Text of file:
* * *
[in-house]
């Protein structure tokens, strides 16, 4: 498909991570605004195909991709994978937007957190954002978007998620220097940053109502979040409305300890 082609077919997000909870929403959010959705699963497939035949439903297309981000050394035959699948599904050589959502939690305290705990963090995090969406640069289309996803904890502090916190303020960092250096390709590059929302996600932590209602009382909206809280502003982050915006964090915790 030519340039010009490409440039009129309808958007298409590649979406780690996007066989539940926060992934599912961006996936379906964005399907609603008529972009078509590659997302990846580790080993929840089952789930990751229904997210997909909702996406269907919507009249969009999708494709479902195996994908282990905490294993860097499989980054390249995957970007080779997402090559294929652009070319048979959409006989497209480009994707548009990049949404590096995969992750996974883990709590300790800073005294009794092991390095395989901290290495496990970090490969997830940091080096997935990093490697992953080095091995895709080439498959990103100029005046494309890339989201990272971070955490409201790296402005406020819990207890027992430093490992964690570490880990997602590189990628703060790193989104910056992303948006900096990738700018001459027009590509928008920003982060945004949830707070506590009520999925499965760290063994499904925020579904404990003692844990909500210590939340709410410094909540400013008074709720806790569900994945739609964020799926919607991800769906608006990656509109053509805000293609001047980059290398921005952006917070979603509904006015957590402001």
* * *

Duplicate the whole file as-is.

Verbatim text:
[in-house]
């Protein structure tokens, strides 16, 4: 498909991570605004195909991709994978937007957190954002978007998620220097940053109502979040409305300890 082609077919997000909870929403959010959705699963497939035949439903297309981000050394035959699948599904050589959502939690305290705990963090995090969406640069289309996803904890502090916190303020960092250096390709590059929302996600932590209602009382909206809280502003982050915006964090915790 030519340039010009490409440039009129309808958007298409590649979406780690996007066989539940926060992934599912961006996936379906964005399907609603008529972009078509590659997302990846580790080993929840089952789930990751229904997210997909909702996406269907919507009249969009999708494709479902195996994908282990905490294993860097499989980054390249995957970007080779997402090559294929652009070319048979959409006989497209480009994707548009990049949404590096995969992750996974883990709590300790800073005294009794092991390095395989901290290495496990970090490969997830940091080096997935990093490697992953080095091995895709080439498959990103100029005046494309890339989201990272971070955490409201790296402005406020819990207890027992430093490992964690570490880990997602590189990628703060790193989104910056992303948006900096990738700018001459027009590509928008920003982060945004949830707070506590009520999925499965760290063994499904925020579904404990003692844990909500210590939340709410410094909540400013008074709720806790569900994945739609964020799926919607991800769906608006990656509109053509805000293609001047980059290398921005952006917070979603509904006015957590402001």